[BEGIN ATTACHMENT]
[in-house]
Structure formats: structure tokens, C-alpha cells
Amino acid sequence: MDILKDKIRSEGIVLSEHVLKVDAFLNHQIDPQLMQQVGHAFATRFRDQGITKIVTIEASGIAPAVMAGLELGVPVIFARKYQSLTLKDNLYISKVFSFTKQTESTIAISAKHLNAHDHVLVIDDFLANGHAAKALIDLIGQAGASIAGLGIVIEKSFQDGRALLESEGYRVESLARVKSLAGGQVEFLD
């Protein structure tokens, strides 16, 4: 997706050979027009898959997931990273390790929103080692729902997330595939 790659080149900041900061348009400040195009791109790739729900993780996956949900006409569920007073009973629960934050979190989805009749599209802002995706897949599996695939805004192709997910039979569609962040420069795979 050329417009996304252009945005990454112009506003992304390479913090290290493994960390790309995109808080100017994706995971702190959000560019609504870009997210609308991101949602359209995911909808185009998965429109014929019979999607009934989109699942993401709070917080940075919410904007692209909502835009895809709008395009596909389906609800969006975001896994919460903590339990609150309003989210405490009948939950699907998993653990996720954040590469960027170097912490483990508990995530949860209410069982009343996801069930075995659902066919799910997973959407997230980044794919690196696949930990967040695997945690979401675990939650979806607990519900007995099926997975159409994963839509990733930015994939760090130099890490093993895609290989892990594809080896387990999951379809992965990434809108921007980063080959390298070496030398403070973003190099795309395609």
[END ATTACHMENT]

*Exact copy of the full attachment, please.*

[in-house]
Structure formats: structure tokens, C-alpha cells
Amino acid sequence: MDILKDKIRSEGIVLSEHVLKVDAFLNHQIDPQLMQQVGHAFATRFRDQGITKIVTIEASGIAPAVMAGLELGVPVIFARKYQSLTLKDNLYISKVFSFTKQTESTIAISAKHLNAHDHVLVIDDFLANGHAAKALIDLIGQAGASIAGLGIVIEKSFQDGRALLESEGYRVESLARVKSLAGGQVEFLD
């Protein structure tokens, strides 16, 4: 997706050979027009898959997931990273390790929103080692729902997330595939 790659080149900041900061348009400040195009791109790739729900993780996956949900006409569920007073009973629960934050979190989805009749599209802002995706897949599996695939805004192709997910039979569609962040420069795979 050329417009996304252009945005990454112009506003992304390479913090290290493994960390790309995109808080100017994706995971702190959000560019609504870009997210609308991101949602359209995911909808185009998965429109014929019979999607009934989109699942993401709070917080940075919410904007692209909502835009895809709008395009596909389906609800969006975001896994919460903590339990609150309003989210405490009948939950699907998993653990996720954040590469960027170097912490483990508990995530949860209410069982009343996801069930075995659902066919799910997973959407997230980044794919690196696949930990967040695997945690979401675990939650979806607990519900007995099926997975159409994963839509990733930015994939760090130099890490093993895609290989892990594809080896387990999951379809992965990434809108921007980063080959390298070496030398403070973003190099795309395609």